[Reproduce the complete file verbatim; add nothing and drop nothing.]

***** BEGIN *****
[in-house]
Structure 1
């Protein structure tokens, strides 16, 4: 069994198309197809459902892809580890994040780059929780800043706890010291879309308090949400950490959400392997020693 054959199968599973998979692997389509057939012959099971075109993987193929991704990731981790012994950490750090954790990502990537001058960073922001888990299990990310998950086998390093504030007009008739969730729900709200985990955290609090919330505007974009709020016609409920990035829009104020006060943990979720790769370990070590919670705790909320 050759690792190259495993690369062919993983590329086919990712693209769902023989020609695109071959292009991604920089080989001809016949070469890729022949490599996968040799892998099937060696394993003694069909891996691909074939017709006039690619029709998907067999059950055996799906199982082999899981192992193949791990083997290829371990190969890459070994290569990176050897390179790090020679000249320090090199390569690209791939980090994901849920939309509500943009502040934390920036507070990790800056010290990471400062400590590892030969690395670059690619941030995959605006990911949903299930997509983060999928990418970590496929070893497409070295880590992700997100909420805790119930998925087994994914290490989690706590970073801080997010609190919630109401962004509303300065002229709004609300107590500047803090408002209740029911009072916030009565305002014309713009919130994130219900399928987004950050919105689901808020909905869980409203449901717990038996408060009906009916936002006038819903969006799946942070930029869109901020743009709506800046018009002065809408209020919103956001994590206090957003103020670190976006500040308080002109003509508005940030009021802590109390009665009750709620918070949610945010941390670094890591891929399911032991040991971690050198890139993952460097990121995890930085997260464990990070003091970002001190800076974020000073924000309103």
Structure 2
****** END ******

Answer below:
[in-house]
Structure 1
């Protein structure tokens, strides 16, 4: 069994198309197809459902892809580890994040780059929780800043706890010291879309308090949400950490959400392997020693 054959199968599973998979692997389509057939012959099971075109993987193929991704990731981790012994950490750090954790990502990537001058960073922001888990299990990310998950086998390093504030007009008739969730729900709200985990955290609090919330505007974009709020016609409920990035829009104020006060943990979720790769370990070590919670705790909320 050759690792190259495993690369062919993983590329086919990712693209769902023989020609695109071959292009991604920089080989001809016949070469890729022949490599996968040799892998099937060696394993003694069909891996691909074939017709006039690619029709998907067999059950055996799906199982082999899981192992193949791990083997290829371990190969890459070994290569990176050897390179790090020679000249320090090199390569690209791939980090994901849920939309509500943009502040934390920036507070990790800056010290990471400062400590590892030969690395670059690619941030995959605006990911949903299930997509983060999928990418970590496929070893497409070295880590992700997100909420805790119930998925087994994914290490989690706590970073801080997010609190919630109401962004509303300065002229709004609300107590500047803090408002209740029911009072916030009565305002014309713009919130994130219900399928987004950050919105689901808020909905869980409203449901717990038996408060009906009916936002006038819903969006799946942070930029869109901020743009709506800046018009002065809408209020919103956001994590206090957003103020670190976006500040308080002109003509508005940030009021802590109390009665009750709620918070949610945010941390670094890591891929399911032991040991971690050198890139993952460097990121995890930085997260464990990070003091970002001190800076974020000073924000309103």
Structure 2